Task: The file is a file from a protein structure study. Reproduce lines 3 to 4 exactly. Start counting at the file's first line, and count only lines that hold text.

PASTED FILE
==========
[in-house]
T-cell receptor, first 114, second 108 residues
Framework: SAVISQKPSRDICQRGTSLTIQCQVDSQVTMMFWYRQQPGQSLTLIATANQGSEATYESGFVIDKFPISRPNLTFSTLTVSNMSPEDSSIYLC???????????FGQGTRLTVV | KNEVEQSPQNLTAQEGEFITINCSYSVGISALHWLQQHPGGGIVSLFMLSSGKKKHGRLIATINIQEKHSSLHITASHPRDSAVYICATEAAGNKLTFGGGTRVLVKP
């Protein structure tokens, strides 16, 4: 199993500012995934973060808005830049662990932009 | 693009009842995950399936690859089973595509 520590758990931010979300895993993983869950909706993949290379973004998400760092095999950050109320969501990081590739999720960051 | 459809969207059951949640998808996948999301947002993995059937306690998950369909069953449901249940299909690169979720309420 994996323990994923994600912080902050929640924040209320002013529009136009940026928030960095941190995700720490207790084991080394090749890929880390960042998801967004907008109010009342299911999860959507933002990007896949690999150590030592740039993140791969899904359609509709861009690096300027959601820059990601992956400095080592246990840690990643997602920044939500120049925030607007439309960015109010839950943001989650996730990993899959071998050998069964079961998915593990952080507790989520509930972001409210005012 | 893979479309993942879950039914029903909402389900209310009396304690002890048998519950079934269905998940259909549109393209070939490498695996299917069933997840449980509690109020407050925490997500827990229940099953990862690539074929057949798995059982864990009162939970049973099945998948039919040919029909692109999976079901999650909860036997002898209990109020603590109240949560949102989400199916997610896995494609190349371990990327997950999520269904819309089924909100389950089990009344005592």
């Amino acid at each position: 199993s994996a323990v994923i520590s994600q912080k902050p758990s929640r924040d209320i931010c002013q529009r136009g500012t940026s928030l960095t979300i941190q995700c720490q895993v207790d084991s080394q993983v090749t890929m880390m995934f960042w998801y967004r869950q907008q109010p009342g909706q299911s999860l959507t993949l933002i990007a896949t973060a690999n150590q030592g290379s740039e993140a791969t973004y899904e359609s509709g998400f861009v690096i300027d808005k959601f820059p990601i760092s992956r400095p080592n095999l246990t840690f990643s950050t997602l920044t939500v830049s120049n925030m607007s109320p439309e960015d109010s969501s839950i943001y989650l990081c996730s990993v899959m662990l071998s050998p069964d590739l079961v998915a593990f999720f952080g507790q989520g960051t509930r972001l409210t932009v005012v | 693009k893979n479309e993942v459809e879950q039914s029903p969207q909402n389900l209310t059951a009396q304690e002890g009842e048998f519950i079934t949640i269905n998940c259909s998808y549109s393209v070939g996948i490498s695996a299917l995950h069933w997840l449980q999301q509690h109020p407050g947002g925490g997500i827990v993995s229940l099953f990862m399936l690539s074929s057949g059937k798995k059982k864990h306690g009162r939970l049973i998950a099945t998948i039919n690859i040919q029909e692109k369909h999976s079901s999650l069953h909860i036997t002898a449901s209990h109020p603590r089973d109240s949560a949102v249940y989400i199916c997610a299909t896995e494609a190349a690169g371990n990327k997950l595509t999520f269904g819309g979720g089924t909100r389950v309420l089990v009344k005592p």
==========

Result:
Framework: SAVISQKPSRDICQRGTSLTIQCQVDSQVTMMFWYRQQPGQSLTLIATANQGSEATYESGFVIDKFPISRPNLTFSTLTVSNMSPEDSSIYLC???????????FGQGTRLTVV | KNEVEQSPQNLTAQEGEFITINCSYSVGISALHWLQQHPGGGIVSLFMLSSGKKKHGRLIATINIQEKHSSLHITASHPRDSAVYICATEAAGNKLTFGGGTRVLVKP
């Protein structure tokens, strides 16, 4: 199993500012995934973060808005830049662990932009 | 693009009842995950399936690859089973595509 520590758990931010979300895993993983869950909706993949290379973004998400760092095999950050109320969501990081590739999720960051 | 459809969207059951949640998808996948999301947002993995059937306690998950369909069953449901249940299909690169979720309420 994996323990994923994600912080902050929640924040209320002013529009136009940026928030960095941190995700720490207790084991080394090749890929880390960042998801967004907008109010009342299911999860959507933002990007896949690999150590030592740039993140791969899904359609509709861009690096300027959601820059990601992956400095080592246990840690990643997602920044939500120049925030607007439309960015109010839950943001989650996730990993899959071998050998069964079961998915593990952080507790989520509930972001409210005012 | 893979479309993942879950039914029903909402389900209310009396304690002890048998519950079934269905998940259909549109393209070939490498695996299917069933997840449980509690109020407050925490997500827990229940099953990862690539074929057949798995059982864990009162939970049973099945998948039919040919029909692109999976079901999650909860036997002898209990109020603590109240949560949102989400199916997610896995494609190349371990990327997950999520269904819309089924909100389950089990009344005592």